c) Patents: the essential requirements for a patent to be registered are quite simple and has been stated very clearly which are novelty, inventive and non-obvious nature and industry application. Whereas while applying for registration one must keep in mind that the said invention doesn’t contradict with section 3 and section 4 of The Patents Act 1970.

3. Term of Protection

a) Copyright: Generally, a copyrights is granted protection to for 60 years, whereas the 60-year period is calculated from the year of death of such author.

b) Trademarks: A trademark is protected for a period of 10 years from the date of application, however the same can be renewed indefinite times as per the procedure laid down in the governing laws.

c) Patents: Patent are protected for a period of 20 years from the date of filing of application.

4. Rights Granted

a) Copyrights: Obtaining a copyright grants you with several protection including right of reproduction, distribution, rental, importation, public performance, broadcasting, communication to public and making available to public, further it gives rights for translation and adaptation of the work and moral rights as well.

b) Trademarks: A registered trademark confers several rights with the registered owner such as right to exclusive use, right to use statutory remedy against infringement, right to assign and right to register correction.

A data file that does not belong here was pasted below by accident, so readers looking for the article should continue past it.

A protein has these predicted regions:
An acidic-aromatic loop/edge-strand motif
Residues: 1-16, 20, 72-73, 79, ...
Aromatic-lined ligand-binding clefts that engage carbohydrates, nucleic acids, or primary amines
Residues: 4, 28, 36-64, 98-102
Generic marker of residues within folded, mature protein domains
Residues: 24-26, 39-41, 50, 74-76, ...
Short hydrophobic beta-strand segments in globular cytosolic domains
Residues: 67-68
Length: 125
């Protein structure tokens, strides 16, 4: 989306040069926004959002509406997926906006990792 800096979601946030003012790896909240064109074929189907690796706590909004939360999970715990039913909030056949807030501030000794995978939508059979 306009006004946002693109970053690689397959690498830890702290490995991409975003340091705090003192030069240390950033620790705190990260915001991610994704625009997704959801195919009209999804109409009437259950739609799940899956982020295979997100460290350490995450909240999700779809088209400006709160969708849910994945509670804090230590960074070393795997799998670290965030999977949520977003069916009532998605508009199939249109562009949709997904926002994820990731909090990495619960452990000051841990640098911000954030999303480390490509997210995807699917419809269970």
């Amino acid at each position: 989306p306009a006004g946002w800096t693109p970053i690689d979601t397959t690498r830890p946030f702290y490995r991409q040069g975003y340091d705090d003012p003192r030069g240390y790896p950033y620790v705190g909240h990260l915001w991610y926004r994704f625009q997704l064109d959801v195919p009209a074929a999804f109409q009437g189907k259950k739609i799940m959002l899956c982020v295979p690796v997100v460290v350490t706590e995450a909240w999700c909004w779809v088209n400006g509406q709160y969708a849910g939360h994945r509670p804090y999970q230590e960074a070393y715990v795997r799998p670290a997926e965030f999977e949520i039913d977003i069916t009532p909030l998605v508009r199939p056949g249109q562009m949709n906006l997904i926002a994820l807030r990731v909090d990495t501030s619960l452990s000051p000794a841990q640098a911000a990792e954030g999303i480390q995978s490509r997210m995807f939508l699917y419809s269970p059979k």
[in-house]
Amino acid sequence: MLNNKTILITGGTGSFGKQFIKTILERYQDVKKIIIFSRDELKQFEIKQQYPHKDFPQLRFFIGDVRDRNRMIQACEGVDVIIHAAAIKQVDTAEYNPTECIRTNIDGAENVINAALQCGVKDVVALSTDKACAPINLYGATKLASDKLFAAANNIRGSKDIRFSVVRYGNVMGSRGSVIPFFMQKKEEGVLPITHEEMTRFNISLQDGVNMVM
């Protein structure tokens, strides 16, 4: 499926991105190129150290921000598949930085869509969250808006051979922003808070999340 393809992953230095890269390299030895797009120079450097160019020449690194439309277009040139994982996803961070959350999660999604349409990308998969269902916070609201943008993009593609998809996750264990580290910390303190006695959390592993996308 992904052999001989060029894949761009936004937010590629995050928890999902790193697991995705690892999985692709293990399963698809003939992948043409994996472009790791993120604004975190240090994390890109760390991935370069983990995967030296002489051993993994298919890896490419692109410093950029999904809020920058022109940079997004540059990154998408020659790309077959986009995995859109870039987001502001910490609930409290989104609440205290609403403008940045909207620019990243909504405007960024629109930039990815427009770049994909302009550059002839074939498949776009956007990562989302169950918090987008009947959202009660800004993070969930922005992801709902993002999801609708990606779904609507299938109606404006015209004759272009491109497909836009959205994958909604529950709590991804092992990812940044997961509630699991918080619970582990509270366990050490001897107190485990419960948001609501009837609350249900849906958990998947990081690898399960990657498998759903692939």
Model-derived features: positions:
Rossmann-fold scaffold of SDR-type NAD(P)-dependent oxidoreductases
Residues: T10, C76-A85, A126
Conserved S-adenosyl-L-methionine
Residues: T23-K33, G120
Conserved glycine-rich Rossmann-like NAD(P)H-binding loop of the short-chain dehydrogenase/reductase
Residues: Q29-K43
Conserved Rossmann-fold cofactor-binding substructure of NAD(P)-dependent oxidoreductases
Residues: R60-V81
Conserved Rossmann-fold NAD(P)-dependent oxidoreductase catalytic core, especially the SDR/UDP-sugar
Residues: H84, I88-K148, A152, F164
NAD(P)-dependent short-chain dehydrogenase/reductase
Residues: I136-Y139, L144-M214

c) Patents: A patent grants the inventor with right to manufacture, use, sell, distribute, assign, licence, surrender, patent addition and right to use statutory remedy against infringement.

5. What’s an example?

a) Copyright: Architectural drawings, plans, buildings, sound recordings, motion pictures, audio-visual works, graphic, pictorial, sculptural works and so forth.

b) Trademarks: any word or representation which fulfils the requirements of trademark can be a registered trademark for example – Cadbury, Nestle, BMW, , and such more.

c) Patents: Patents can be for any invention which has a practical application in the industry like Apple I phones, Combustion engines, Dropbox, Facebook, go pro and so forth.

6. Symbolic representations:

a) Copyright: Copyright symbol or designated copyright symbol is the circled C i.e. “©”, The circled c is used for creative works except sound protection which is represented by a circled P mark i.e. “℗”.

b) Trademark: Trademark symbol or designated trademark symbol are TM – For marks applied for registration but aren’t registered, ’R'-enclosed in a circle or '®' for registered marks and SM for marks brands dealing with services.

c) Patents – there are no typographic symbol representing patents.